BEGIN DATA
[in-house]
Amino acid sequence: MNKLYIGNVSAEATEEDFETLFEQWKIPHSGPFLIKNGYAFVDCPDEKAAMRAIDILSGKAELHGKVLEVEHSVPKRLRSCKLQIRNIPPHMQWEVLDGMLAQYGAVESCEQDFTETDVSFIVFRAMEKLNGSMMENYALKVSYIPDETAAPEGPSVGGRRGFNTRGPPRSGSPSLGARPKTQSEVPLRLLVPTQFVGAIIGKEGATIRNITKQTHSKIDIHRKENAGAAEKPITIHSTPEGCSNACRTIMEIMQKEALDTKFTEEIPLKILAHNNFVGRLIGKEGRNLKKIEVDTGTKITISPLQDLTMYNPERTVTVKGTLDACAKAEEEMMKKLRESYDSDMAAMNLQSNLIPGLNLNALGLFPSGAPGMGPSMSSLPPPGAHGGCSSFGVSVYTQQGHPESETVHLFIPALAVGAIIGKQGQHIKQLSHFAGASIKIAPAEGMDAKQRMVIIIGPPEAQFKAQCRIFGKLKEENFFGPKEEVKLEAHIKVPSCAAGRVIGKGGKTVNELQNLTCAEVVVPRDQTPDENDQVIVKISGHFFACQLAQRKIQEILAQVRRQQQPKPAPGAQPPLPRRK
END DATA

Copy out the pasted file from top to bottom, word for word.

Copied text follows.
[in-house]
Amino acid sequence: MNKLYIGNVSAEATEEDFETLFEQWKIPHSGPFLIKNGYAFVDCPDEKAAMRAIDILSGKAELHGKVLEVEHSVPKRLRSCKLQIRNIPPHMQWEVLDGMLAQYGAVESCEQDFTETDVSFIVFRAMEKLNGSMMENYALKVSYIPDETAAPEGPSVGGRRGFNTRGPPRSGSPSLGARPKTQSEVPLRLLVPTQFVGAIIGKEGATIRNITKQTHSKIDIHRKENAGAAEKPITIHSTPEGCSNACRTIMEIMQKEALDTKFTEEIPLKILAHNNFVGRLIGKEGRNLKKIEVDTGTKITISPLQDLTMYNPERTVTVKGTLDACAKAEEEMMKKLRESYDSDMAAMNLQSNLIPGLNLNALGLFPSGAPGMGPSMSSLPPPGAHGGCSSFGVSVYTQQGHPESETVHLFIPALAVGAIIGKQGQHIKQLSHFAGASIKIAPAEGMDAKQRMVIIIGPPEAQFKAQCRIFGKLKEENFFGPKEEVKLEAHIKVPSCAAGRVIGKGGKTVNELQNLTCAEVVVPRDQTPDENDQVIVKISGHFFACQLAQRKIQEILAQVRRQQQPKPAPGAQPPLPRRK